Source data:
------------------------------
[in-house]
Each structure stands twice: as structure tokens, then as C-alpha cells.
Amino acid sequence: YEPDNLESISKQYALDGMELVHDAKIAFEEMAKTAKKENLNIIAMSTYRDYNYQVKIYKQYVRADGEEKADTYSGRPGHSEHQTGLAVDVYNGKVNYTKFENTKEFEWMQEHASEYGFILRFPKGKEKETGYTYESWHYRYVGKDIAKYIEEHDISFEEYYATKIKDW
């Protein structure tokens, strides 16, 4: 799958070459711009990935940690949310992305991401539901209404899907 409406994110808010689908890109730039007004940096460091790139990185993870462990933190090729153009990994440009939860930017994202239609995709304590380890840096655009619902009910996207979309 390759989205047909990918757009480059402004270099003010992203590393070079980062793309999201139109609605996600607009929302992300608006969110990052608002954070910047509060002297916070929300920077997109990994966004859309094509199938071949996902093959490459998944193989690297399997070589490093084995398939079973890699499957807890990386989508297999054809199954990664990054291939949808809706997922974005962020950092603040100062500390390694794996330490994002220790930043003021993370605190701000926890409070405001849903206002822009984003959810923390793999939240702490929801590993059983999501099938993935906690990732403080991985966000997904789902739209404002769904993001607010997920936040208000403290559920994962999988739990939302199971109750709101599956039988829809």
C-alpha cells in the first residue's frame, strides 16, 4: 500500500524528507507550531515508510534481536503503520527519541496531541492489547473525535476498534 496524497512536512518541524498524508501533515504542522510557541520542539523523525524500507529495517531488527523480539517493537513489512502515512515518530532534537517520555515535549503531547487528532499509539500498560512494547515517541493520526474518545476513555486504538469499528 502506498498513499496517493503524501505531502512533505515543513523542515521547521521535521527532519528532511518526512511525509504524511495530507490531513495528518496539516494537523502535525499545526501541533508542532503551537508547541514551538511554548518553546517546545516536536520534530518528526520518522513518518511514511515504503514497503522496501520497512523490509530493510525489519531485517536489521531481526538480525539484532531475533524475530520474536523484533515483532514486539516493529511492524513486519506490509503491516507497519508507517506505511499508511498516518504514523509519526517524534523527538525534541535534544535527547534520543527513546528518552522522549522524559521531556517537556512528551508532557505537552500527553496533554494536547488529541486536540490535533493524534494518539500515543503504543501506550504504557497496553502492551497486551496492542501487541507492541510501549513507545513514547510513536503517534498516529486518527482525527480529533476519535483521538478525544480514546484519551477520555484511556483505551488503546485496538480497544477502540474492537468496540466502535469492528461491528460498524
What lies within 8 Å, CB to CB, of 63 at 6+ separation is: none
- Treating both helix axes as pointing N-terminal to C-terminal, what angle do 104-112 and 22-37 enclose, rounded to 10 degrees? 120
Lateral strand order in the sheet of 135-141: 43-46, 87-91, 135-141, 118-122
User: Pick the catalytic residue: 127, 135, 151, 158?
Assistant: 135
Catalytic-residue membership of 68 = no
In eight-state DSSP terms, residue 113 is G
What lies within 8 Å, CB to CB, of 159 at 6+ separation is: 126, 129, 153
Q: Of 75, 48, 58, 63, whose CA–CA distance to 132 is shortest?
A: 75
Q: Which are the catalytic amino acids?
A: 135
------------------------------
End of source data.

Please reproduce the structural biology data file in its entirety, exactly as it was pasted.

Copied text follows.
[in-house]
Each structure stands twice: as structure tokens, then as C-alpha cells.
Amino acid sequence: YEPDNLESISKQYALDGMELVHDAKIAFEEMAKTAKKENLNIIAMSTYRDYNYQVKIYKQYVRADGEEKADTYSGRPGHSEHQTGLAVDVYNGKVNYTKFENTKEFEWMQEHASEYGFILRFPKGKEKETGYTYESWHYRYVGKDIAKYIEEHDISFEEYYATKIKDW
């Protein structure tokens, strides 16, 4: 799958070459711009990935940690949310992305991401539901209404899907 409406994110808010689908890109730039007004940096460091790139990185993870462990933190090729153009990994440009939860930017994202239609995709304590380890840096655009619902009910996207979309 390759989205047909990918757009480059402004270099003010992203590393070079980062793309999201139109609605996600607009929302992300608006969110990052608002954070910047509060002297916070929300920077997109990994966004859309094509199938071949996902093959490459998944193989690297399997070589490093084995398939079973890699499957807890990386989508297999054809199954990664990054291939949808809706997922974005962020950092603040100062500390390694794996330490994002220790930043003021993370605190701000926890409070405001849903206002822009984003959810923390793999939240702490929801590993059983999501099938993935906690990732403080991985966000997904789902739209404002769904993001607010997920936040208000403290559920994962999988739990939302199971109750709101599956039988829809």
C-alpha cells in the first residue's frame, strides 16, 4: 500500500524528507507550531515508510534481536503503520527519541496531541492489547473525535476498534 496524497512536512518541524498524508501533515504542522510557541520542539523523525524500507529495517531488527523480539517493537513489512502515512515518530532534537517520555515535549503531547487528532499509539500498560512494547515517541493520526474518545476513555486504538469499528 502506498498513499496517493503524501505531502512533505515543513523542515521547521521535521527532519528532511518526512511525509504524511495530507490531513495528518496539516494537523502535525499545526501541533508542532503551537508547541514551538511554548518553546517546545516536536520534530518528526520518522513518518511514511515504503514497503522496501520497512523490509530493510525489519531485517536489521531481526538480525539484532531475533524475530520474536523484533515483532514486539516493529511492524513486519506490509503491516507497519508507517506505511499508511498516518504514523509519526517524534523527538525534541535534544535527547534520543527513546528518552522522549522524559521531556517537556512528551508532557505537552500527553496533554494536547488529541486536540490535533493524534494518539500515543503504543501506550504504557497496553502492551497486551496492542501487541507492541510501549513507545513514547510513536503517534498516529486518527482525527480529533476519535483521538478525544480514546484519551477520555484511556483505551488503546485496538480497544477502540474492537468496540466502535469492528461491528460498524
What lies within 8 Å, CB to CB, of 63 at 6+ separation is: none
- Treating both helix axes as pointing N-terminal to C-terminal, what angle do 104-112 and 22-37 enclose, rounded to 10 degrees? 120
Lateral strand order in the sheet of 135-141: 43-46, 87-91, 135-141, 118-122
User: Pick the catalytic residue: 127, 135, 151, 158?
Assistant: 135
Catalytic-residue membership of 68 = no
In eight-state DSSP terms, residue 113 is G
What lies within 8 Å, CB to CB, of 159 at 6+ separation is: 126, 129, 153
Q: Of 75, 48, 58, 63, whose CA–CA distance to 132 is shortest?
A: 75
Q: Which are the catalytic amino acids?
A: 135